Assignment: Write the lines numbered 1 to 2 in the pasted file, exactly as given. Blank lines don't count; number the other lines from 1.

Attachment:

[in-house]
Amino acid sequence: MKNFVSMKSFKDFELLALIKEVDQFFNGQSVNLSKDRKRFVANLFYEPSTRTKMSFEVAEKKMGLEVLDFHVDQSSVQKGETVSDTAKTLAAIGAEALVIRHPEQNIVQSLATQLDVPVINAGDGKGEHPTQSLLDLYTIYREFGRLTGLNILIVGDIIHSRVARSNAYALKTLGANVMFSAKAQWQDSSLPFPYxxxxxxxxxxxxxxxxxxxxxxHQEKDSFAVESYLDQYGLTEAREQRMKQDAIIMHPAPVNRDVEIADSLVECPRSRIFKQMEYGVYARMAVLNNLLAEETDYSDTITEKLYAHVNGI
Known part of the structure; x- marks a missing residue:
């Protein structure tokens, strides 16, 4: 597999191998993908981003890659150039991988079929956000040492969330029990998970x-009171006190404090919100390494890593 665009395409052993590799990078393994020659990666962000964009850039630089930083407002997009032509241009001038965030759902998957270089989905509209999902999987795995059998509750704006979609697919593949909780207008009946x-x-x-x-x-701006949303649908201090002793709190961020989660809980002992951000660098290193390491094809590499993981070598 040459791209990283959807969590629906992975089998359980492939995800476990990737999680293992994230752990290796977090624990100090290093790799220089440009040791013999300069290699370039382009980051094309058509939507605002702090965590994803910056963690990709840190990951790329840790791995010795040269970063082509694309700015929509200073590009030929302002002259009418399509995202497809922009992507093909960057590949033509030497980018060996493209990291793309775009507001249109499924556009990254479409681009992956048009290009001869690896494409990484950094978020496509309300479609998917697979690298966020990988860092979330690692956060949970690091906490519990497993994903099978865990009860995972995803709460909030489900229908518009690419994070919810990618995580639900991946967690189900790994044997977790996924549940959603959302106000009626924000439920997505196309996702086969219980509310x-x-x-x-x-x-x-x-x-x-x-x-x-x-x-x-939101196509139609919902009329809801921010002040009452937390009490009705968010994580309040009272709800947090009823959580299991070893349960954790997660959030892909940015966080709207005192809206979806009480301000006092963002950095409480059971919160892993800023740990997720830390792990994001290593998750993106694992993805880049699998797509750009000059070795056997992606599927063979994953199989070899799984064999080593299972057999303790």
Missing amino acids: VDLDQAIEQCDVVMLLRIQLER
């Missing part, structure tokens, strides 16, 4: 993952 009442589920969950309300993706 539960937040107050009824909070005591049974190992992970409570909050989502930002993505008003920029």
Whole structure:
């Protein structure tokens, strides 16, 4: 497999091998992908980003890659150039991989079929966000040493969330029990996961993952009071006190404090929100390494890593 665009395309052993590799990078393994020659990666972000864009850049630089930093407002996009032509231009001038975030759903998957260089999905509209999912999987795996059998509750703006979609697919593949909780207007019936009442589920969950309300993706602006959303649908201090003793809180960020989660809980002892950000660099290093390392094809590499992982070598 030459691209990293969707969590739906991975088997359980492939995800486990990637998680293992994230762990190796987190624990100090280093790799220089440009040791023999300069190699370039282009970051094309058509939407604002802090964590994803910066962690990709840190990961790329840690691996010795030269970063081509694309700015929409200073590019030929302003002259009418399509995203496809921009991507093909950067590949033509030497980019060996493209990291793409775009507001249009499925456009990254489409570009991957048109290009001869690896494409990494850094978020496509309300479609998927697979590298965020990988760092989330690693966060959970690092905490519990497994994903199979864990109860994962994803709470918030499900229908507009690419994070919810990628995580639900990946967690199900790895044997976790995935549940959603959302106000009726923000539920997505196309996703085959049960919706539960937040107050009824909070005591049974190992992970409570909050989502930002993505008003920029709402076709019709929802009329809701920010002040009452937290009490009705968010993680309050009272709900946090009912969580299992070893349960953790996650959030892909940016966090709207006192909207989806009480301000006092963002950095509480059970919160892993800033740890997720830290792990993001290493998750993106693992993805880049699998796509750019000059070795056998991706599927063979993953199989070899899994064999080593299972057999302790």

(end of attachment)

[in-house]
Amino acid sequence: MKNFVSMKSFKDFELLALIKEVDQFFNGQSVNLSKDRKRFVANLFYEPSTRTKMSFEVAEKKMGLEVLDFHVDQSSVQKGETVSDTAKTLAAIGAEALVIRHPEQNIVQSLATQLDVPVINAGDGKGEHPTQSLLDLYTIYREFGRLTGLNILIVGDIIHSRVARSNAYALKTLGANVMFSAKAQWQDSSLPFPYxxxxxxxxxxxxxxxxxxxxxxHQEKDSFAVESYLDQYGLTEAREQRMKQDAIIMHPAPVNRDVEIADSLVECPRSRIFKQMEYGVYARMAVLNNLLAEETDYSDTITEKLYAHVNGI